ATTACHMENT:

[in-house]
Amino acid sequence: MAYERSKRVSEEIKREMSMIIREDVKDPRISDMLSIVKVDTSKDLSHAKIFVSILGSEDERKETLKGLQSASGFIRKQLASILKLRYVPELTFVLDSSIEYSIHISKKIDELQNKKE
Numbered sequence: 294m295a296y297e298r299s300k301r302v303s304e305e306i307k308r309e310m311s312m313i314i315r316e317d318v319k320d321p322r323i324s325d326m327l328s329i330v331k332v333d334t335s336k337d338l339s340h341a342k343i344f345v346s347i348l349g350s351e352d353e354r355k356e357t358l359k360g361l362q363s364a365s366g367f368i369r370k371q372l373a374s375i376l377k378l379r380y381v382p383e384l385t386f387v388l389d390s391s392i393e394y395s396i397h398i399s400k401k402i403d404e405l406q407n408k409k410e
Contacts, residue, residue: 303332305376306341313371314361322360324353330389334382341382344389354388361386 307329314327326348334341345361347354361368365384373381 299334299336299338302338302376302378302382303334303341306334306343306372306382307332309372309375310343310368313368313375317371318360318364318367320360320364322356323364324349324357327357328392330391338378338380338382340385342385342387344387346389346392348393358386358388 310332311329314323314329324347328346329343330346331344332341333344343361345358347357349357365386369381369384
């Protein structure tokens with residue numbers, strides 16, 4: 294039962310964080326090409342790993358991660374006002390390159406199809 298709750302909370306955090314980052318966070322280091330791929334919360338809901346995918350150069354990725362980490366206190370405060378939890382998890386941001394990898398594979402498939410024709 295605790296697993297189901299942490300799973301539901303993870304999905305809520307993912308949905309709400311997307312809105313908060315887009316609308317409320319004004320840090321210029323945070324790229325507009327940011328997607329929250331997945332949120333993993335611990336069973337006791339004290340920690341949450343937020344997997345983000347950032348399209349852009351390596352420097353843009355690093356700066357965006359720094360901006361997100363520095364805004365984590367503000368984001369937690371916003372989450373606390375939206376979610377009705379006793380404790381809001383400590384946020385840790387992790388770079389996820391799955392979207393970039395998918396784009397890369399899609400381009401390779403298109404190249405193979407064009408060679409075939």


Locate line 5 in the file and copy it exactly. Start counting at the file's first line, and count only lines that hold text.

């Protein structure tokens with residue numbers, strides 16, 4: 294039962310964080326090409342790993358991660374006002390390159406199809 298709750302909370306955090314980052318966070322280091330791929334919360338809901346995918350150069354990725362980490366206190370405060378939890382998890386941001394990898398594979402498939410024709 295605790296697993297189901299942490300799973301539901303993870304999905305809520307993912308949905309709400311997307312809105313908060315887009316609308317409320319004004320840090321210029323945070324790229325507009327940011328997607329929250331997945332949120333993993335611990336069973337006791339004290340920690341949450343937020344997997345983000347950032348399209349852009351390596352420097353843009355690093356700066357965006359720094360901006361997100363520095364805004365984590367503000368984001369937690371916003372989450373606390375939206376979610377009705379006793380404790381809001383400590384946020385840790387992790388770079389996820391799955392979207393970039395998918396784009397890369399899609400381009401390779403298109404190249405193979407064009408060679409075939």